Thanks for visiting my blog.

I'm posting my photos, poems and other writings here, along with news about my readings and publications.

I also plan to make available the sound files of my radio show, Across the Borderline, which has aired for six years on WBCR-lp in Great Barrington, Massachusetts.

Stay tuned,

Phil Johnson

Thursday, November 10, 2011

In one of her workshops Bernadette told us to write a poem about nothing. So I wrote this—




They’re having a pow-wow in Poway. While David Byrnes

his britches behind him, sits out on a limb,

brewing coffee thru conical filters,

random driplets, splash arrays, operations?


The lonesome cowpoke clutched his bedroll,

wishing real hard

it was a woman. Only make believe,

he humped as he sang—a humpback whale

beached on low topographical relief.

You get so alone (thank you, Buk)

at night on the prairie

even the prairie dogs

get scary.


He blundered into a clearing where the brush was cut back—

there he was, facing his wife. He spun back around

quick like, into the forest

looking for the grizzly who was chasing him.


Hare Krishna, I follow the Mishna into the Tora Bora caves.

Make mine Michelangelo. Lying on his back

under the beamer, maneuvering

on a three wheeled creeper,

he was touched by the Divine Creator,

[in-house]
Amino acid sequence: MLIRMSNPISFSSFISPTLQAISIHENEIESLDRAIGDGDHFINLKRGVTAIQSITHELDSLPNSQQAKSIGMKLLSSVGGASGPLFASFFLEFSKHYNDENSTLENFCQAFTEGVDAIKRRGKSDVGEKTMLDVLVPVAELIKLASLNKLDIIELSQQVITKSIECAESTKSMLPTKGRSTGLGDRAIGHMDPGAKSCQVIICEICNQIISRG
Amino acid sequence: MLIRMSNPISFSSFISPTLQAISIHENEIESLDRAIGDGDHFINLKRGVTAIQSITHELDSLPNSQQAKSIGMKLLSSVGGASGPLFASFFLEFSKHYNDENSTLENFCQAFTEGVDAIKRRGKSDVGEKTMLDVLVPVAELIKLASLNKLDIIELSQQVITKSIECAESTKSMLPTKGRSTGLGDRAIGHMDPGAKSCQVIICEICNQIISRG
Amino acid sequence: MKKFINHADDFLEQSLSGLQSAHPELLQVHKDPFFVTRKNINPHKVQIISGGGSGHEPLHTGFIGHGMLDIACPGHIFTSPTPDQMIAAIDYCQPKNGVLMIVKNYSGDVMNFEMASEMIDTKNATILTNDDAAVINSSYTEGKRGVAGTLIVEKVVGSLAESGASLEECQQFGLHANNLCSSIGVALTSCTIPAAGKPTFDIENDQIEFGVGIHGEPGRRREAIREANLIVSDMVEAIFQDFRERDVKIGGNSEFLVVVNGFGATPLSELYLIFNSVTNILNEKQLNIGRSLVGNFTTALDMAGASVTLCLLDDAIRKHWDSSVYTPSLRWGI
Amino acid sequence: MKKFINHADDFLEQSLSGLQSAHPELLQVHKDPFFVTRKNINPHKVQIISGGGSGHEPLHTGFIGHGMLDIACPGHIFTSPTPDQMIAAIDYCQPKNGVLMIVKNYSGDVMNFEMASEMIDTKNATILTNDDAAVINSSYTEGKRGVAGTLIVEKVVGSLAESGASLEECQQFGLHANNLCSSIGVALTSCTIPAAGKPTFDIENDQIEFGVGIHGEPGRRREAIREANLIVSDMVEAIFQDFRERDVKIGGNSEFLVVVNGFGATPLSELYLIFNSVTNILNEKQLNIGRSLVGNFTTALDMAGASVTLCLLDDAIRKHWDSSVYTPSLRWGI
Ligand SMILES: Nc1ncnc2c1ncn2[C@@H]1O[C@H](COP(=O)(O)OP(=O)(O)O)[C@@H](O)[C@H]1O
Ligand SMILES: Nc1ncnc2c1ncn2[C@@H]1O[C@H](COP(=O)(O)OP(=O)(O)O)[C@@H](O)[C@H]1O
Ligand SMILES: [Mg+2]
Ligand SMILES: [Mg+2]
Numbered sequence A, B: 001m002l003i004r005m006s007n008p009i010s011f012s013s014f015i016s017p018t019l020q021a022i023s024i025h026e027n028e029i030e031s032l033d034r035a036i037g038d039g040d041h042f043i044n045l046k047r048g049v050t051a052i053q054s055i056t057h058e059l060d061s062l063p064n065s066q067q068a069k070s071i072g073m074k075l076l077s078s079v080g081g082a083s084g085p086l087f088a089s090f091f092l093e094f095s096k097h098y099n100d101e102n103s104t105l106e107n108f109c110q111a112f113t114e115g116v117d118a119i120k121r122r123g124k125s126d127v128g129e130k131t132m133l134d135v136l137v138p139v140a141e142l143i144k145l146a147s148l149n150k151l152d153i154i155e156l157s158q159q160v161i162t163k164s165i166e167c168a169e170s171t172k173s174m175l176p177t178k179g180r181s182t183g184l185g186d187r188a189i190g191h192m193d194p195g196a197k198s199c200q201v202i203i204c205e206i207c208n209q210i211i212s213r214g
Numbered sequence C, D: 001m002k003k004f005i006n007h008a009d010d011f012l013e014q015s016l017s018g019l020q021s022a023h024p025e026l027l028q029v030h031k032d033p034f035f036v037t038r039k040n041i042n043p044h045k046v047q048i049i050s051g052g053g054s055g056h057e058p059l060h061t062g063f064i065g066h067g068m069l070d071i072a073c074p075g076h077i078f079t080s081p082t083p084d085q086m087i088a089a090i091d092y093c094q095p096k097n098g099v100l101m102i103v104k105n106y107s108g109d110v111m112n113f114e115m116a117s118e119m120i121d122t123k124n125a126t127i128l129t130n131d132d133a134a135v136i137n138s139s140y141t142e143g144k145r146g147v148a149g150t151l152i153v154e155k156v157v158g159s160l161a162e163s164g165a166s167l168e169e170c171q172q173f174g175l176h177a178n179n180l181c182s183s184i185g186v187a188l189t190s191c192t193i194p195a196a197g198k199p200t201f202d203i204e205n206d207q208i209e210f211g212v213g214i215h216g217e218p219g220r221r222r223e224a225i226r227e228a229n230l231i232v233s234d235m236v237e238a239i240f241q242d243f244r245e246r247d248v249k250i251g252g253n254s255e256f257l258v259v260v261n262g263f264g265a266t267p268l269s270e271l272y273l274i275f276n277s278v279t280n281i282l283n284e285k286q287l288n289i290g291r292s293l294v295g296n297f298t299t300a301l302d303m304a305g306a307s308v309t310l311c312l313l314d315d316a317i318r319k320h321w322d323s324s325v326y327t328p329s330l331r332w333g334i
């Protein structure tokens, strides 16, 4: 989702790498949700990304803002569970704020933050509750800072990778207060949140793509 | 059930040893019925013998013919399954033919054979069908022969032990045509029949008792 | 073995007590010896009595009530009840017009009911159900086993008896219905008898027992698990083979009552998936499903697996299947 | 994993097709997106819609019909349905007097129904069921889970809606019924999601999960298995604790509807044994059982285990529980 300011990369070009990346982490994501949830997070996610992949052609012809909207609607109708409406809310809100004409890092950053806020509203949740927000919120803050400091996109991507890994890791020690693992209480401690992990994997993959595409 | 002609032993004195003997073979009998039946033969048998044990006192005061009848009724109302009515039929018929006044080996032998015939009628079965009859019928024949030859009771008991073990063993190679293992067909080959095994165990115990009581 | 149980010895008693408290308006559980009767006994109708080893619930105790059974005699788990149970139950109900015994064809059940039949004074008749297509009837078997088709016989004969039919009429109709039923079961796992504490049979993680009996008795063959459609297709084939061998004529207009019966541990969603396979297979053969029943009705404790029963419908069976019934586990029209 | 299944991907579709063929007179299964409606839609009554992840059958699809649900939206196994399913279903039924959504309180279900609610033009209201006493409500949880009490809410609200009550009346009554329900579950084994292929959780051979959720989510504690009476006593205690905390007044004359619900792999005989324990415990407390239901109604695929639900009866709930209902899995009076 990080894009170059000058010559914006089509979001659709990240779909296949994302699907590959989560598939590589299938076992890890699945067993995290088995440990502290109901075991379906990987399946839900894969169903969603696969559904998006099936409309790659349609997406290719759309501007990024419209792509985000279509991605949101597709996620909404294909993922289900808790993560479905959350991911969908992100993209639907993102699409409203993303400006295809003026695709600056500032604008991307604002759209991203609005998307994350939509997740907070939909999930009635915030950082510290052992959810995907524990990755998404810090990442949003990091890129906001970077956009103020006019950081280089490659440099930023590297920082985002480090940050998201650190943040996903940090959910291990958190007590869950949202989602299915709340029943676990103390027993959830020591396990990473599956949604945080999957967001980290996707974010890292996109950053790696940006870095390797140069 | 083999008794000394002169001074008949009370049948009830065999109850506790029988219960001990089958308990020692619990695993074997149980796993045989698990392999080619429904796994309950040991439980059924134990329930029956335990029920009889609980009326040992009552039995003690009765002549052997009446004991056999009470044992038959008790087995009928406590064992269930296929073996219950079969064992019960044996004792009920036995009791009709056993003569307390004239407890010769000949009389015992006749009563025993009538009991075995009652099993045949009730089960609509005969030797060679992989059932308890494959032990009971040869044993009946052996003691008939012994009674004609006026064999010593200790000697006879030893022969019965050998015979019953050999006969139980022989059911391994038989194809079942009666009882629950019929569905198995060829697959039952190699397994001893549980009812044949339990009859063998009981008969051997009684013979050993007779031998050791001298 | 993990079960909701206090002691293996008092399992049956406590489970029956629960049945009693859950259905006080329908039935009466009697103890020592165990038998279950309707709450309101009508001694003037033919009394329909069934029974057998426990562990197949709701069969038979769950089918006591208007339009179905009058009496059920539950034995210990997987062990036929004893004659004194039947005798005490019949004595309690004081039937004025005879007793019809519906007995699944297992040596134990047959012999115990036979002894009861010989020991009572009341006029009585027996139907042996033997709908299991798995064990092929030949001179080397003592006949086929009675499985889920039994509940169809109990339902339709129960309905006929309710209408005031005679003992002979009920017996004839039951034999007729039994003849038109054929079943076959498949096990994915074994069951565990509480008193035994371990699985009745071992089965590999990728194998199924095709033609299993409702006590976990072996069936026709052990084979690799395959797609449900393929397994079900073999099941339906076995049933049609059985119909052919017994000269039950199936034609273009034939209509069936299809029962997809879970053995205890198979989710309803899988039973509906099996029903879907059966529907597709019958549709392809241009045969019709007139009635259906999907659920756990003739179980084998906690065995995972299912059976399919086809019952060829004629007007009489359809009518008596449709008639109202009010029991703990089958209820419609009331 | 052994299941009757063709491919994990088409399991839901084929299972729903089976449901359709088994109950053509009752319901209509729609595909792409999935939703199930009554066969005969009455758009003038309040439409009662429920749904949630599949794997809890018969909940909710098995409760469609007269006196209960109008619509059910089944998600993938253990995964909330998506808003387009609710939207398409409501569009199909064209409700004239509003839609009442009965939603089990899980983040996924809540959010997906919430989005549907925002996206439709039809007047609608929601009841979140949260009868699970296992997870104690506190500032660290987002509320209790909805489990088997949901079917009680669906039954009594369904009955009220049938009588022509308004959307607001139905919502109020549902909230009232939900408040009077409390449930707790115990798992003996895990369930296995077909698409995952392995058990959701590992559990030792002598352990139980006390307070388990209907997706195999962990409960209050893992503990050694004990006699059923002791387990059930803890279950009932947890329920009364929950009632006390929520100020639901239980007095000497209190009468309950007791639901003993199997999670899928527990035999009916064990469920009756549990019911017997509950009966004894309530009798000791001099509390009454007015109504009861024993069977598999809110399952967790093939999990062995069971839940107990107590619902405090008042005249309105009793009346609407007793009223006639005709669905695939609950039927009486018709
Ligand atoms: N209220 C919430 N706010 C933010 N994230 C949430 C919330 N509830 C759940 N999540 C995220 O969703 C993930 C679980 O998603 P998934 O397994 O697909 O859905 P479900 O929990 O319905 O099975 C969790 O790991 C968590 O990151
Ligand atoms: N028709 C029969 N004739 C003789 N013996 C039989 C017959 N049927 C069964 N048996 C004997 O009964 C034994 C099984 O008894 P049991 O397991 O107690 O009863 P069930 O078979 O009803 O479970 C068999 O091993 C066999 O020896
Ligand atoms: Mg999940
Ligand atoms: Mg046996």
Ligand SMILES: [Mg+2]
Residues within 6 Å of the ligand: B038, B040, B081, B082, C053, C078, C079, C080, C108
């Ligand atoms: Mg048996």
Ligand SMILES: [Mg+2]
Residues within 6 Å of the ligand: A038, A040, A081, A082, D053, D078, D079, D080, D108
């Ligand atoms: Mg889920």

the differential in his greasy hands.


This poem ends here. We’ve reached the end time,

end of the line on this train to the sublime

boneyard. Aliens are fallen angels,

ancient progenitors, breathing

our history. Believe this bright lie,

and the radiant antichrist

shines like a searchlight

from his luminous throne

in the windshield sky.

© 2007 Phil Johnson


Bernadette looked at it and said, “That’s not about nothing.” She told me to go back and do it again. So I splattered the first poem against the wall, and I put the pieces back together. This is the result—


Sublime Boneyard

Aliens are fallen Michelangelos, they shine in the brush.

Lonely cowboy at night on his bedroll, wishing real hard it was all rolled back and he was facing Phoenix.

You get so alone, lonesome cowpoke (thank you, Buk). Maneuvers on his back, under the beamer, luminous throne, bright flotations.

So alone (thank you bright lie). Aliens are falling angels. Ancient progenitors, breathing in celestial realms. Only make believe, at the end of the prairie, chance events, operations, only make no sense, spun back like fictions.

I’ll show you operations. See the difference in his bright lie. And the captain says: I can sail it.

I’m sucking this scary shiver me timbers, random drops above the prairie, even the tailing plane? goes down my chest.

Scatter this sand where the ship falls searching for prairie dogs, scars down a cactus. Shunt shines like a searchlight.

Flash flood, follow this flight to the end time, end time. Dial the Divine space line.

Then the crash, luminous three where we smash arrays, quick like, sucking light out a cactus. Into the clearing—Krishna, Krishna.

Boots on, he blunders into the radiant. The lonesome cowpoke ends, clutching flotation. We’ve reached his bright see-through desert.

We beached his britches behind him, sitting on history. Bequeath his bedroll to the humpback whale, wishing away, facing the differential, facing the phosphorescent throne.

The lonesome cowpoke clutching his bedroll falling from poem ends here. We’ve reached the bright lie, and a straw. Roll out the three wheeled creeper.

Hare Krishna to the brush he cleared.

Hare Krishna to the windshield sky.

© 2007 Phil Johnson

No comments:

Post a Comment